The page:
Safety: no room for error

by FM Media
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What do motorcycle racing and airport property maintenance have in common? An uncompromising approach to safety, says Marty Craggill, superbike champion and director of MAZ Building Maintenance, which performs maintenance activities at Melbourne Airport. JOHN POWER reports.

Safety issues have dominated Marty Craggill’s professional life. A dual titleholder in the Australian Superbike Championship (1997 and 1998) and top-10 finisher in the British Superbike Championship in 1999, Craggill reached the highest ranks of professional motor racing in 2001 as a member of Team Pacific Ducati in the World Superbike Championship. Now aged 42, he remains a racer of world-class skill, having returned to the Australian Superbike Championship in 2009 aboard a Suzuki.
Craggill’s other great love is property maintenance, and as director of the Melbourne-based company MAZ Building Maintenance it is no coincidence that he has found his niche looking after safety-critical properties where excellent service is mandatory. Undoubtedly, the most challenging client in MAZ’s portfolio is Melbourne Airport.
“At MAZ we provide all Melbourne Airport maintenance services to Virgin, Qantas and Lufthansa,” Craggill says. “This includes plumbing, electrical, carpentry, cleaning, asphalting, concreting, gardening and scheduled maintenance programs – even locksmith work.”
The synergies between competitive racing and property maintenance are clear enough, Craggill says: both disciplines involve team members with specific responsibilities; safety is the top priority in both enterprises; and in both cases excellence is a direct result of systematised hard work – no shortcuts allowed!
“If you consider safety alone,” Craggill says, “maintenance around the airport draws direct comparisons with my racing days; an example is working with highly flammable fuel and making sure your machinery is in perfect condition. When racing professionally your bike is scrutinised every day, as is your riding equipment. High-quality gear is imperative – helmet, leather suit, boots, gloves, mostly made with Kevlar. There is a ‘no expense spared’ mindset when it comes to protection of your body and your workers’ bodies.”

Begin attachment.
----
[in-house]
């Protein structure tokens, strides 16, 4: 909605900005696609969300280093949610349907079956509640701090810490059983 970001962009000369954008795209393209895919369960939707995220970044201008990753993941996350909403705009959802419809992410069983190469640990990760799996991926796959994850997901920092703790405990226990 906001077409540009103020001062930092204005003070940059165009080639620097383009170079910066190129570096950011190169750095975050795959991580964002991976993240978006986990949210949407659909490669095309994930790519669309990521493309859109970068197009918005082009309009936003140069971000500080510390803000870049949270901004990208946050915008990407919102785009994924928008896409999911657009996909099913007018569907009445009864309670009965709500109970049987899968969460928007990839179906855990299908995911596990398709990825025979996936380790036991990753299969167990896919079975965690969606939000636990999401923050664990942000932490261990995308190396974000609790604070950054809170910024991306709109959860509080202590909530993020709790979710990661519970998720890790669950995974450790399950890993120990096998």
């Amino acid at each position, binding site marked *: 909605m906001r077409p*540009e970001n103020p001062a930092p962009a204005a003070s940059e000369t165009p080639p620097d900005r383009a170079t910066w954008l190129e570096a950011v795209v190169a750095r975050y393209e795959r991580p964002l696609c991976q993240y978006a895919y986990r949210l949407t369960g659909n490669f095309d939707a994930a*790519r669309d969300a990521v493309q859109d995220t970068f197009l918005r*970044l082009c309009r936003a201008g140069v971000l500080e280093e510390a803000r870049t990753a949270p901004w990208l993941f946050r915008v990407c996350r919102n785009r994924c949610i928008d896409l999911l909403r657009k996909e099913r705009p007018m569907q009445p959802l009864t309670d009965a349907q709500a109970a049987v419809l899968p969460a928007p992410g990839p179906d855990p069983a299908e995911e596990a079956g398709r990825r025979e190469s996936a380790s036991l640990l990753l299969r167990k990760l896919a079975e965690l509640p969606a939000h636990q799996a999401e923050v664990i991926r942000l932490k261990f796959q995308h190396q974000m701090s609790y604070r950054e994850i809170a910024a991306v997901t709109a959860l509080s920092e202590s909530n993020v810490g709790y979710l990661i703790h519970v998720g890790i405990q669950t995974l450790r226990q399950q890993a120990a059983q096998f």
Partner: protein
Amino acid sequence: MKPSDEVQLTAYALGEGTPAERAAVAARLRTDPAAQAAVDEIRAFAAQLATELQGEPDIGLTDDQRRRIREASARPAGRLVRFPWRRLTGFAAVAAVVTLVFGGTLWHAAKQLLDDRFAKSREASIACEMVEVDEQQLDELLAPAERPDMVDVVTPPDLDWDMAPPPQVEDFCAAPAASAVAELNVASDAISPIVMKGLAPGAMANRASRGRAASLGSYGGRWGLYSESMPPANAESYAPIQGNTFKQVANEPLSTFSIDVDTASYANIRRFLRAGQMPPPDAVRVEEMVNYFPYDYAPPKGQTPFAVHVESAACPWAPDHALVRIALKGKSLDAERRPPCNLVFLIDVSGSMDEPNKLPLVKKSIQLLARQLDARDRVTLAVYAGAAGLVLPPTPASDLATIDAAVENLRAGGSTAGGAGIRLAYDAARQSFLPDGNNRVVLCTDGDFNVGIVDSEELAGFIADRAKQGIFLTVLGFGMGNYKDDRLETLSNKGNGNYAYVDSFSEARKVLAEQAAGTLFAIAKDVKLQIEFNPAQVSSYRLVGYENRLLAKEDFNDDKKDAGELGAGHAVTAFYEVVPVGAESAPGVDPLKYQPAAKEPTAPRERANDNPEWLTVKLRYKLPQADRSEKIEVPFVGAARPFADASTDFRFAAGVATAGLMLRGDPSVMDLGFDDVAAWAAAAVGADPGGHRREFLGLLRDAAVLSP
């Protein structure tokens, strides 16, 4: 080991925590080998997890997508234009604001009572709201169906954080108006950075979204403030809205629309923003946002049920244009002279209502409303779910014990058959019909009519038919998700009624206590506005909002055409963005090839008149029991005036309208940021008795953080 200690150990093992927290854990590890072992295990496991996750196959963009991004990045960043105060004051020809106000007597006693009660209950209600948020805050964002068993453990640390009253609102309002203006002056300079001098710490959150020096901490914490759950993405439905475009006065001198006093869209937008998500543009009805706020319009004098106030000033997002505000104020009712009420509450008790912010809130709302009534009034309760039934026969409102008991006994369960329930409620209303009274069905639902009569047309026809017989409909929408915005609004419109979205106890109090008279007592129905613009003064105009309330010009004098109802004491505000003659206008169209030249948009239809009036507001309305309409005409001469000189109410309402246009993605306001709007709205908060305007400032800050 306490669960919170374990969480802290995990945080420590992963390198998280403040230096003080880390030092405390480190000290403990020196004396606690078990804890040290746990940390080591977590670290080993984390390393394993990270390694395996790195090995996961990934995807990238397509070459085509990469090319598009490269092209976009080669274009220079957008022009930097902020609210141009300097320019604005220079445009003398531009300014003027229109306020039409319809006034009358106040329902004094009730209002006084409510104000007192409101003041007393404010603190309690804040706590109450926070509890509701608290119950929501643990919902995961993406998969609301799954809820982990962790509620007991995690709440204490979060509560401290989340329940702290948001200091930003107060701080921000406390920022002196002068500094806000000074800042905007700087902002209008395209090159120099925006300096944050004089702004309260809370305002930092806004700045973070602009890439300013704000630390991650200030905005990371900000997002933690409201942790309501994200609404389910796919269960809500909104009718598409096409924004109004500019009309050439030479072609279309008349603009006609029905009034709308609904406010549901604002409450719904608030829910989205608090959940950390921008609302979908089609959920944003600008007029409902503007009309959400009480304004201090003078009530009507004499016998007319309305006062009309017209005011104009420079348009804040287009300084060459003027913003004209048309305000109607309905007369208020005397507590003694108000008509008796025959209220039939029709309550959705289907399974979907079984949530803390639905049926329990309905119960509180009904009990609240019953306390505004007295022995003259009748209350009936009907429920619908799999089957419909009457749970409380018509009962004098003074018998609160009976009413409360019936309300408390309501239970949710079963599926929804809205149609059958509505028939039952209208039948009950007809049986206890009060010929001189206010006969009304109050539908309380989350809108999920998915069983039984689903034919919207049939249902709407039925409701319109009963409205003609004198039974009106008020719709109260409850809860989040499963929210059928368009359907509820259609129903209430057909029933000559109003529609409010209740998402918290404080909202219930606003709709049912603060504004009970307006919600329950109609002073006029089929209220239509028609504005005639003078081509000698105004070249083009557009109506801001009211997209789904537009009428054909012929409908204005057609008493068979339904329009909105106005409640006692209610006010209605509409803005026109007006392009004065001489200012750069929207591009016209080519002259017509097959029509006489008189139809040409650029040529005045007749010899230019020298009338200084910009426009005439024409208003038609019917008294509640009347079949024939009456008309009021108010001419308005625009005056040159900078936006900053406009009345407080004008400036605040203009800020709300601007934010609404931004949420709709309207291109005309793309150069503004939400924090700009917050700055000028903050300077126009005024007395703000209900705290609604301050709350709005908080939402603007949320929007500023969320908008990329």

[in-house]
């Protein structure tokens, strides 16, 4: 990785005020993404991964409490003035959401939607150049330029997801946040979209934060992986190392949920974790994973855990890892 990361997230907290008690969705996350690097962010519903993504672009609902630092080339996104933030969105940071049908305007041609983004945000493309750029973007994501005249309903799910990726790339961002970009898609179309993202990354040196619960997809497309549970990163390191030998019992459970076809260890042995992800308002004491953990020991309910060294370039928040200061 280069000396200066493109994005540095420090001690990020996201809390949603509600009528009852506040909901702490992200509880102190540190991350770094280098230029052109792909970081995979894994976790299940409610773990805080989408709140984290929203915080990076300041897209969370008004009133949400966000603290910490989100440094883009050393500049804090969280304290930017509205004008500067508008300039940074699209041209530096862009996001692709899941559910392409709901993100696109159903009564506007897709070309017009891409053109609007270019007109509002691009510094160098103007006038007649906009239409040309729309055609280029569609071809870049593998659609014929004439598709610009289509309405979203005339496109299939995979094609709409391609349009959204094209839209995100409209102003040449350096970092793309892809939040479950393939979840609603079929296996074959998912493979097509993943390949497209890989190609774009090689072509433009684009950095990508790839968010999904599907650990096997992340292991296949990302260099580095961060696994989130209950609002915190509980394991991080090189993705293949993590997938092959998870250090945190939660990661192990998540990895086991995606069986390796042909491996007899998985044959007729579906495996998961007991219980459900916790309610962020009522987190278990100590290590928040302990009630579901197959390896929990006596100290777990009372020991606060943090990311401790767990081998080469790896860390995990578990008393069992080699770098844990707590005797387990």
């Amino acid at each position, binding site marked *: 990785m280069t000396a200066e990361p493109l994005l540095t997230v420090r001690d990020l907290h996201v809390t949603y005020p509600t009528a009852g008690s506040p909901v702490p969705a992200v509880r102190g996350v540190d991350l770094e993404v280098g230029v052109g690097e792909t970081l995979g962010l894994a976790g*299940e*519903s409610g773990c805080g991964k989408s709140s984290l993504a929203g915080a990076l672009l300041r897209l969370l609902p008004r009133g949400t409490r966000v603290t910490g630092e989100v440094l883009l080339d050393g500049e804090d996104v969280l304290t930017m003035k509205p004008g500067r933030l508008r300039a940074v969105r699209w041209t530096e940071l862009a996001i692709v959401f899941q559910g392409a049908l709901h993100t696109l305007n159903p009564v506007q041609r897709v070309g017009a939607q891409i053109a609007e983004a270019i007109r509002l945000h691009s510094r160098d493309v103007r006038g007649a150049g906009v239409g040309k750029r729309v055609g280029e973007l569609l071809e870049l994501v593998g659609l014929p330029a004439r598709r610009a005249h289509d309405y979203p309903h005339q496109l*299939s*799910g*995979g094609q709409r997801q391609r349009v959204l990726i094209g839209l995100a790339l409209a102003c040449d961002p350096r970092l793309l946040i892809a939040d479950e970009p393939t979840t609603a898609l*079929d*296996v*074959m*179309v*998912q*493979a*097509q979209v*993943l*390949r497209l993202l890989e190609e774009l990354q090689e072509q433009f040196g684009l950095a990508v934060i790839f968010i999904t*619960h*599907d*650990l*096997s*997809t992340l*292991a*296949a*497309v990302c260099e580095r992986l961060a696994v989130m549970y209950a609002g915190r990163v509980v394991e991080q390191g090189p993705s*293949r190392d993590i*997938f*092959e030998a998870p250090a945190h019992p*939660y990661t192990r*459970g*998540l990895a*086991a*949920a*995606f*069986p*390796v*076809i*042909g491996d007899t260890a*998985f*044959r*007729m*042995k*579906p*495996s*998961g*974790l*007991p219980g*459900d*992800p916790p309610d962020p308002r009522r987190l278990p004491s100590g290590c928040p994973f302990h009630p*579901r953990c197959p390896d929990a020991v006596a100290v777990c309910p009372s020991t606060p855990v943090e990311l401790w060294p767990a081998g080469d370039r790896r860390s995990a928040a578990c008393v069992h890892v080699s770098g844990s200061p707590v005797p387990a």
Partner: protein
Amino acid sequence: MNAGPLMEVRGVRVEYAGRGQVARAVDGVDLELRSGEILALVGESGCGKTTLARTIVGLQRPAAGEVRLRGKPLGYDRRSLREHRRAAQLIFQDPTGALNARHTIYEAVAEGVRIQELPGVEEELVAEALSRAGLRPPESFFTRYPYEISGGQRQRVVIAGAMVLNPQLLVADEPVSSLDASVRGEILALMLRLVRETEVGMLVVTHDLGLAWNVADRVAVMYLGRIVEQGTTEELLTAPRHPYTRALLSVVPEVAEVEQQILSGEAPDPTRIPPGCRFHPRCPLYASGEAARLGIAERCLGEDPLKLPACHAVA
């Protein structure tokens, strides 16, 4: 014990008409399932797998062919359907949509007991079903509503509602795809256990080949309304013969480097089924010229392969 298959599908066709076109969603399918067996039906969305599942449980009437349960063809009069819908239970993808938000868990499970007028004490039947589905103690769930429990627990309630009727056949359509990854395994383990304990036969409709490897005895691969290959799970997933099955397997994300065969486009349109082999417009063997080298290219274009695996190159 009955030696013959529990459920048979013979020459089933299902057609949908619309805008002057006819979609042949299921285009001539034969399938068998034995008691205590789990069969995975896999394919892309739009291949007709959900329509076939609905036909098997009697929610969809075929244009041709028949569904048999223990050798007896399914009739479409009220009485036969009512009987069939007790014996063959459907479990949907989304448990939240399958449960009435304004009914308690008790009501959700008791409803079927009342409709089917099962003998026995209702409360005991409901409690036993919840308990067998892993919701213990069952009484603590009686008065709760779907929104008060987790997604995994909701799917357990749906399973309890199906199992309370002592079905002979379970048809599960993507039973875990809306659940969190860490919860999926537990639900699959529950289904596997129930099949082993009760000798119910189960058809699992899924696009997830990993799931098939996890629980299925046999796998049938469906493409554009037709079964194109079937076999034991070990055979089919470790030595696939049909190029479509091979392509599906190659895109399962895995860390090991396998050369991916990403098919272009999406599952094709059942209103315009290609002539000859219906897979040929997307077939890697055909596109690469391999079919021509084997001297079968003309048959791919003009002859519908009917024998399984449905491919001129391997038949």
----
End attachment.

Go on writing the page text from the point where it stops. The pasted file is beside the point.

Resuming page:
According to Craggill, an equally strong ‘no room for error’ approach is absolute in a racing environment, an ethic that translates naturally to property maintenance. “Trusting a pit crew in a major race is similar to trusting maintenance workers in a building,” he says. “We have to make sure we are all up to date and aware of our environment; we have to communicate regularly and above all have an appreciation of danger. Which reminds me of a race at Brands Hatch, England, when someone failed to lock the wire of a drain plug on the radiator of my bike, which caused coolant to leak on my rear tyre. The result: I was thrown off, hitting a wall at around 130mph (210kph). The injuries I sustained were two broken feet, a broken leg, broken right shoulder and broken hand. That slip in someone’s responsibility could have killed me, not to mention other riders on the track. The moral of the story is that poor safety management can mean life or death… all my workers know that adherence to the rules is not negotiable. That’s why we are respected and valued at the airport.”